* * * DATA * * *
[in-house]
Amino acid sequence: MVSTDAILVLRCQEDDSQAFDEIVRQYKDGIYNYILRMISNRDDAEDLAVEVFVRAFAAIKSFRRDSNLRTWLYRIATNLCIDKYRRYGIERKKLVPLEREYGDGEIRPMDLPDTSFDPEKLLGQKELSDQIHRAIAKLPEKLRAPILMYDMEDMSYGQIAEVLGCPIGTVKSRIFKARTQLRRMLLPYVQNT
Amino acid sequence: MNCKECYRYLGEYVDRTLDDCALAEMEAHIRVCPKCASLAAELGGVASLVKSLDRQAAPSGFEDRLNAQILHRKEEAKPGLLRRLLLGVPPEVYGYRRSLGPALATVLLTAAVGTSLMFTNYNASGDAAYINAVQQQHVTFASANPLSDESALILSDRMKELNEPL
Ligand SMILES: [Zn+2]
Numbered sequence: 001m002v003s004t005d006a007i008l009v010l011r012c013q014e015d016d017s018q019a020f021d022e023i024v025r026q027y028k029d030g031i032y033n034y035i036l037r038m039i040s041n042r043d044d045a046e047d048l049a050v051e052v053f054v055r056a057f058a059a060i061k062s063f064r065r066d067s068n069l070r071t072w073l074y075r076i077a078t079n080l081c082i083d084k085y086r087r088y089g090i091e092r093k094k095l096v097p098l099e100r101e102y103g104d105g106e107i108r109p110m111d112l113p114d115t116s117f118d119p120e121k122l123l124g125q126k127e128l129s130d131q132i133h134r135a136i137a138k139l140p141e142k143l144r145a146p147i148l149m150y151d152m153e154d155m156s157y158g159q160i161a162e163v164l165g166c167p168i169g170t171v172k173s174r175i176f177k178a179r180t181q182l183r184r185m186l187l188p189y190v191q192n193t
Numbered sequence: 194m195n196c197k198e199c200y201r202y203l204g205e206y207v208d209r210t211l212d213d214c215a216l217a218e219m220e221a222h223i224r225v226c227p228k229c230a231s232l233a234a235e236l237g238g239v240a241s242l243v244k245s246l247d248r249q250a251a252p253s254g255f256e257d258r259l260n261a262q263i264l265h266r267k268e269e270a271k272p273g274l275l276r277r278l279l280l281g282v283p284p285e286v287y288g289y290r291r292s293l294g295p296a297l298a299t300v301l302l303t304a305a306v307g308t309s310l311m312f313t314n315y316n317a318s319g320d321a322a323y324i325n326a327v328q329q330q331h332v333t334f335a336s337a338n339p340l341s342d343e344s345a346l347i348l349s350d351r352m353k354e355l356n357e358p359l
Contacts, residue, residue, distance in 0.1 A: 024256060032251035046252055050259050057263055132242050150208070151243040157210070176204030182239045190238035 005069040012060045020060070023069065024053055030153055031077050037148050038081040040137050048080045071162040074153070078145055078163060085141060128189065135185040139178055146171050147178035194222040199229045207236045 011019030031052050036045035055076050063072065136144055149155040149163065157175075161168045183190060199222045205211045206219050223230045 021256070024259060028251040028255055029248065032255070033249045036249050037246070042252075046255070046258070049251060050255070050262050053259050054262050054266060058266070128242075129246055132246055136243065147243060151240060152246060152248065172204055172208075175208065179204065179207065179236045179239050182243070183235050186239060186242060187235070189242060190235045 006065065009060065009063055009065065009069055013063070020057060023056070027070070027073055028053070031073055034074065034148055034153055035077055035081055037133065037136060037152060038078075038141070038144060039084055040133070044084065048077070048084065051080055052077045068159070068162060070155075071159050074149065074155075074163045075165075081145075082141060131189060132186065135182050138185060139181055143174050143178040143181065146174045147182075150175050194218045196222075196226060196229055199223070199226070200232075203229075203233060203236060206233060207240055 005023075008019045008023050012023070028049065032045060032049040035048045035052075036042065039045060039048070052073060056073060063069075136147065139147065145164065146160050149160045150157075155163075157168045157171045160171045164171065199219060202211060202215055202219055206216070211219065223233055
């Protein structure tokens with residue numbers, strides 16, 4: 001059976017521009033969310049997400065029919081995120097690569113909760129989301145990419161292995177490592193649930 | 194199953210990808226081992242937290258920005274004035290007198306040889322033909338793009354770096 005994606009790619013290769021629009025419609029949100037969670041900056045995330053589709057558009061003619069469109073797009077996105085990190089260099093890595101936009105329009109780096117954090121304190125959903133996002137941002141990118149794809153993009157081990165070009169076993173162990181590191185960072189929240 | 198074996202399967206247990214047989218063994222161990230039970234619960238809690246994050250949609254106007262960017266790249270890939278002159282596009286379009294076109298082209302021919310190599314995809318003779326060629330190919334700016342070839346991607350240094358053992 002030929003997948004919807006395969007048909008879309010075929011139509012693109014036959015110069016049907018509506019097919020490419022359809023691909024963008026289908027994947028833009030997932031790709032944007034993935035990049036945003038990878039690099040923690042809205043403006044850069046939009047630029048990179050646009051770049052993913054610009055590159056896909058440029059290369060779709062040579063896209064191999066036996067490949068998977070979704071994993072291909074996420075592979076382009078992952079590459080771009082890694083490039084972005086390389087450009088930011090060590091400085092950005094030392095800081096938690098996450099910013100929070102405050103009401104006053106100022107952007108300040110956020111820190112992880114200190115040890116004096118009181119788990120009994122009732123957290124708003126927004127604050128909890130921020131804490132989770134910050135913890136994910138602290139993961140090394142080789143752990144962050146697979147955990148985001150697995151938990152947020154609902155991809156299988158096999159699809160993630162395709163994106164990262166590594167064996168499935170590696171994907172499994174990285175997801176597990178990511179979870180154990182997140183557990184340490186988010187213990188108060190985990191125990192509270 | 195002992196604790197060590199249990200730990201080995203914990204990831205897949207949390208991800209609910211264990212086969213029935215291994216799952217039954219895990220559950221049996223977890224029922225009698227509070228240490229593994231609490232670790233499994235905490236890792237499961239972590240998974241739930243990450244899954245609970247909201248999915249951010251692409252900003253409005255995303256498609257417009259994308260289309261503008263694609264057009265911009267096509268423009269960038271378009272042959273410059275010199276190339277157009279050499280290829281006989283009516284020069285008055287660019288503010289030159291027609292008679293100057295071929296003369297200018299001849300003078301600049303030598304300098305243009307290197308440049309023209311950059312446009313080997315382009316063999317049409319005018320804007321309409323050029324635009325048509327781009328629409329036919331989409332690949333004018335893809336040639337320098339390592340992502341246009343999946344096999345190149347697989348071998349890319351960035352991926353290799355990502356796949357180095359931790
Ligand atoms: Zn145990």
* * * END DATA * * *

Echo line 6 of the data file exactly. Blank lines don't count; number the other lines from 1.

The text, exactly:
Numbered sequence: 194m195n196c197k198e199c200y201r202y203l204g205e206y207v208d209r210t211l212d213d214c215a216l217a218e219m220e221a222h223i224r225v226c227p228k229c230a231s232l233a234a235e236l237g238g239v240a241s242l243v244k245s246l247d248r249q250a251a252p253s254g255f256e257d258r259l260n261a262q263i264l265h266r267k268e269e270a271k272p273g274l275l276r277r278l279l280l281g282v283p284p285e286v287y288g289y290r291r292s293l294g295p296a297l298a299t300v301l302l303t304a305a306v307g308t309s310l311m312f313t314n315y316n317a318s319g320d321a322a323y324i325n326a327v328q329q330q331h332v333t334f335a336s337a338n339p340l341s342d343e344s345a346l347i348l349s350d351r352m353k354e355l356n357e358p359l